Business & Industry
I’ve taught a course in screen printing for several years now aimed at the complete novice. It never fails to amaze me when I see my students take their basic skills and, over time, turn them into a flourishing business. Even with all the innovations and all the high-end technology that we deal with these days, it is still possible, with a few thousand dollars up front, a little space in the basement, and a lot of hard work, to carve out your own little niche in this industry. Many—perhaps most—of the major players in the world of screen printing started this way.
So what’s stopping you?
You have worked in a print shop for years and have all the requisite skills. You know where to get your hands on a great second-hand press and a workable dryer. You have space in the garage, and your daughter’s new Mac will do for an art department for a while until you get established. You’re confident that your ideas will sell and you know the customers you want to target for sales.
Perhaps you already have your business up and running and are trying to decide what the next step should be. Should you move to a larger facility, hire more employees, buy that new piece of machinery? Everything is primed for that jump to the next level—all you have to do is make the decision, pull the trigger, and start reaping the rewards. Sounds like a pretty good plan, and it is, so why aren’t you doing it?
The answer to that question of course comes late at night when you lie awake wondering if it really could work. How long will you have to live off your savings until the business shows a profit? Is your product really viable in the marketplace? How many hours are you going to have to put in every day? Will the new press really pay for itself? The questions are endless and are often responsible for most budding entrepreneurs’ lack of progress. In this month’s column, I will show you a way to cut through these worries so you can see the road ahead more clearly and decide whether it really is the right time to make your move.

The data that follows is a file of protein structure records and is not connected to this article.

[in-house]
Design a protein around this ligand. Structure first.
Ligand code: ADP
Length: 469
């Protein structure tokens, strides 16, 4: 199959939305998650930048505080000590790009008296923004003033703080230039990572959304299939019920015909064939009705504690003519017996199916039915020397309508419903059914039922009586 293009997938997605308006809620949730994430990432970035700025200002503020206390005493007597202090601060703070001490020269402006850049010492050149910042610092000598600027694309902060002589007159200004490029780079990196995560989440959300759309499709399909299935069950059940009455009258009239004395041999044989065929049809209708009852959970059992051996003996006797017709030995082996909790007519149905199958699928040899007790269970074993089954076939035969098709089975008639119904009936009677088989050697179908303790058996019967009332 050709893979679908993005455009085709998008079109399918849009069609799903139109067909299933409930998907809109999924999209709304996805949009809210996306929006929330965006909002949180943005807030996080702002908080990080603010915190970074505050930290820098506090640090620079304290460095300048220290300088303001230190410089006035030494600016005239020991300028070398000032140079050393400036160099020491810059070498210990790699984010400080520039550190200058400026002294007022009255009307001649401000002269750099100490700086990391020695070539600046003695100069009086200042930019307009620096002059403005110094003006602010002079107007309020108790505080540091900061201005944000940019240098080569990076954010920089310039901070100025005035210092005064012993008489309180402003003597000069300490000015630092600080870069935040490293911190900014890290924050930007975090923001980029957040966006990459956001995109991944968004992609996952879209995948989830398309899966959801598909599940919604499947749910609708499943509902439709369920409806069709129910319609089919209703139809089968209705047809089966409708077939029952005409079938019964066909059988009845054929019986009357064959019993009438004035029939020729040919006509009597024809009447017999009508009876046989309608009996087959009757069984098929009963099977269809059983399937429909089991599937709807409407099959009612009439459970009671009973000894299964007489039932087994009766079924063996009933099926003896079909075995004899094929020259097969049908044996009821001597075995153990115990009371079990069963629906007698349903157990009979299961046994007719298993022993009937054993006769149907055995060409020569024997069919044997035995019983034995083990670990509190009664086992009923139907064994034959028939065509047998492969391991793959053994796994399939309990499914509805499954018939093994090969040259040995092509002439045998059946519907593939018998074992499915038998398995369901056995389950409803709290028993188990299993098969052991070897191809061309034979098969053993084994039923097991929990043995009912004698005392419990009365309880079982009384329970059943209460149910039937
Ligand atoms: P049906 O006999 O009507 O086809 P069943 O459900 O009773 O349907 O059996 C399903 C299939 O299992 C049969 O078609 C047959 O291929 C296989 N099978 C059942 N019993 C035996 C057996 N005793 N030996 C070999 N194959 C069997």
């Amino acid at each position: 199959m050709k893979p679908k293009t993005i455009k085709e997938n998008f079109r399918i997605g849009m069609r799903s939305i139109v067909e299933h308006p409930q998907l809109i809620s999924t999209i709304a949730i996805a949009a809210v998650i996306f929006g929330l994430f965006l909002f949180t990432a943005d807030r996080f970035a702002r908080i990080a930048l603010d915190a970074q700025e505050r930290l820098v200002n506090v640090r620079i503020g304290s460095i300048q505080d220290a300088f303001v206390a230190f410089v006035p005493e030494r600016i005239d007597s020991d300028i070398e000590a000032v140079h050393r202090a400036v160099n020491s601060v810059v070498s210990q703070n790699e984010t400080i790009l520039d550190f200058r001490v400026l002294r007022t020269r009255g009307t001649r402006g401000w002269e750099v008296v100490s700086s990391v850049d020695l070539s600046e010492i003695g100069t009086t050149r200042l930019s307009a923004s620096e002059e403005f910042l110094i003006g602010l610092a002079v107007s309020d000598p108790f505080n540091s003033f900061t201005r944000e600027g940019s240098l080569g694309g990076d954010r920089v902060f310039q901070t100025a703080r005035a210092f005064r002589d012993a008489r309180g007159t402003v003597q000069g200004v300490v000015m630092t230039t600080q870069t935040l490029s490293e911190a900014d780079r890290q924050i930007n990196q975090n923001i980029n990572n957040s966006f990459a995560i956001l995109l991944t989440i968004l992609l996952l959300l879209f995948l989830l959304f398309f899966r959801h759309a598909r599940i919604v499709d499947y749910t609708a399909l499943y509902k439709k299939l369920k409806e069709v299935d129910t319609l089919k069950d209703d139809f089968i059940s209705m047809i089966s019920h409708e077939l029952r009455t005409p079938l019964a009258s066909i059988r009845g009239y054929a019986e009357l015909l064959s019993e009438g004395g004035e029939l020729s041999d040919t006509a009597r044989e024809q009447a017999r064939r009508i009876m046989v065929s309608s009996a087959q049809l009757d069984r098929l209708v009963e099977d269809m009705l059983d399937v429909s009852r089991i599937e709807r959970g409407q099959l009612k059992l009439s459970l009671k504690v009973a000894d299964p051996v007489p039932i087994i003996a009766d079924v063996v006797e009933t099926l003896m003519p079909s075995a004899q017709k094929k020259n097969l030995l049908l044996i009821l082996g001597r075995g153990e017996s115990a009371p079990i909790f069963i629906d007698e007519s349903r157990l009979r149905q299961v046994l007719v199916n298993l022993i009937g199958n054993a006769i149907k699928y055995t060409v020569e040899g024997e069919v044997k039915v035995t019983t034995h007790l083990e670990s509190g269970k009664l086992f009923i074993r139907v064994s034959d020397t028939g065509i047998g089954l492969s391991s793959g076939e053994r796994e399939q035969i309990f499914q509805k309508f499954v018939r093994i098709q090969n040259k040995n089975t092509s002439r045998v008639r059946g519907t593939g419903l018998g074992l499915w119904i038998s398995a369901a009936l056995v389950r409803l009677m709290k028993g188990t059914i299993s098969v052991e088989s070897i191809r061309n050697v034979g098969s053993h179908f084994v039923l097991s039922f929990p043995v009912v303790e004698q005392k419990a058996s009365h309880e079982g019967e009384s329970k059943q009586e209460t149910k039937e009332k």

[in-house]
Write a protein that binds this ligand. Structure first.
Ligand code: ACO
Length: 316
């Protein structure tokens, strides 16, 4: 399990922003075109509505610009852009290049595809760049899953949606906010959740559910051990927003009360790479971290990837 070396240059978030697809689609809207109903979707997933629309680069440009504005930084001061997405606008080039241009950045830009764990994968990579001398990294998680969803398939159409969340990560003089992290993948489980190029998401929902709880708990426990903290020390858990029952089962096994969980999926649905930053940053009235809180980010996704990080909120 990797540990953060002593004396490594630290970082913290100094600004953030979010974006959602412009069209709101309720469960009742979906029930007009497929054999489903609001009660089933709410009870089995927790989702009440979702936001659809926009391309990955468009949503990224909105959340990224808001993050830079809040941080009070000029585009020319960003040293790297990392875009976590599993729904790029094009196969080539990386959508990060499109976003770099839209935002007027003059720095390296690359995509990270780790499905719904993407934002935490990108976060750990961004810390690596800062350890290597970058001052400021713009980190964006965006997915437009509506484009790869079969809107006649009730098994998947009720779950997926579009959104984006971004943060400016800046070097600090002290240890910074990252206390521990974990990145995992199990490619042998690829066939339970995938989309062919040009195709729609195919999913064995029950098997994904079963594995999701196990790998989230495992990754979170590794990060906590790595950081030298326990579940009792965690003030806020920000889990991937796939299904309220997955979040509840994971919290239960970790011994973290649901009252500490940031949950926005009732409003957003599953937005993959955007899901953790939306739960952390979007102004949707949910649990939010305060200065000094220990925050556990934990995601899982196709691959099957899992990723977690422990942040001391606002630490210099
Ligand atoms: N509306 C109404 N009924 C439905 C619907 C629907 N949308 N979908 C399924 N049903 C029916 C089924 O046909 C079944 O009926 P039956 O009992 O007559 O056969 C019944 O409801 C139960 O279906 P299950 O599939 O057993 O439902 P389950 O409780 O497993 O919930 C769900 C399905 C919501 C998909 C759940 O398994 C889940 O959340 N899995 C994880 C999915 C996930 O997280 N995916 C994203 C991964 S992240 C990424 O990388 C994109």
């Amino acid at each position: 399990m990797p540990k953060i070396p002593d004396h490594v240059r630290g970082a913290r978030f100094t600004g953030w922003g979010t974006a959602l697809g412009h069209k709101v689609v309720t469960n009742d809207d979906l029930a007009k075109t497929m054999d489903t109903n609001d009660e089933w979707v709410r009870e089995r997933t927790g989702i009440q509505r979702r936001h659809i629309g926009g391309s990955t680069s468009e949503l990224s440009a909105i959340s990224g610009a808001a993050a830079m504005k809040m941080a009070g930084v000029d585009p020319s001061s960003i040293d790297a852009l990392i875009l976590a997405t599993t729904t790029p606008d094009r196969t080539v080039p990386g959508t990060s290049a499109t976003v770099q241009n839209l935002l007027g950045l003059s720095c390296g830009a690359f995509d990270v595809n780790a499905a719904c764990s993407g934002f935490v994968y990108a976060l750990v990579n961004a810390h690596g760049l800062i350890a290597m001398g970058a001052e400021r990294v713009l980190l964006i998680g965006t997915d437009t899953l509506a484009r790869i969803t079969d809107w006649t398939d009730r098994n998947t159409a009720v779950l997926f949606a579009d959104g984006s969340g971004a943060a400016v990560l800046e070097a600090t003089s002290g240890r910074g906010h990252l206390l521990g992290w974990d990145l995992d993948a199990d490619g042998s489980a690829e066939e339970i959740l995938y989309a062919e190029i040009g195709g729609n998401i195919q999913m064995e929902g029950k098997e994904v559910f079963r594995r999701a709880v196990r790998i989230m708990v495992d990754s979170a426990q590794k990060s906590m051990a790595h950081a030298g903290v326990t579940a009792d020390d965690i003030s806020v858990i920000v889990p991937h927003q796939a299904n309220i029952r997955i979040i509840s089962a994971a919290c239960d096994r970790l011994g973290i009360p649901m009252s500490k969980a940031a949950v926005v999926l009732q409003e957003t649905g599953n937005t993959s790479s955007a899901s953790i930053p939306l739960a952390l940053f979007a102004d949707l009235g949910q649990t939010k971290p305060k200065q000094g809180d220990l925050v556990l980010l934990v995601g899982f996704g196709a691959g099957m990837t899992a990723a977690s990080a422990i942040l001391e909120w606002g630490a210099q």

Are you the right person for the job?
You have to start by asking yourself some difficult questions if you want this process to be successful. Are you a self-starter? Are you ready to work all the hours that the day gives you to get this project off the ground? Are you ready to be the boss, the marketer, the supervisor, the salesman, the customer-service manager, the accountant, the printer, and the shipping clerk? Will you be able to do all of this and still interface with difficult customers, bankers, vendors, and others without losing your focus? It sounds frightening, doesn’t it? But if you can answer yes to these questions, then the ultimate benefits that come with owning your own business will make it all worthwhile.
Perhaps one of the most important questions you have to ask yourself is, do you have the support of your family and loved ones? A supportive spouse or partner can be the crucial element that allows you to follow your dream. The first few years of a startup business can be hard on family life, so make sure that you have the backing of those nearest and dearest to you and warn them in advance of what they might experience.
Write a business plan
Put your ideas down on paper and use the skills that you will bring to your business to thoroughly critique those ideas. This is no time to avoid the realities. Ask these questions ruthlessly and hold yourself responsible in the same way you will hold your future employees responsible for their analyses. If you don’t have an adequate answer to each of the following questions, then your business will probably fail—and you will have thrown away your opportunity. Be brutally honest with yourself.
Is there a need for the product that you are going to provide? Check around very carefully and make sure that there isn’t somebody else out there taking care of your potential customers. If there is competition, will you be able to bring something new to the table, whether it be lower prices or more timely delivery, and will it make you the vendor of choice?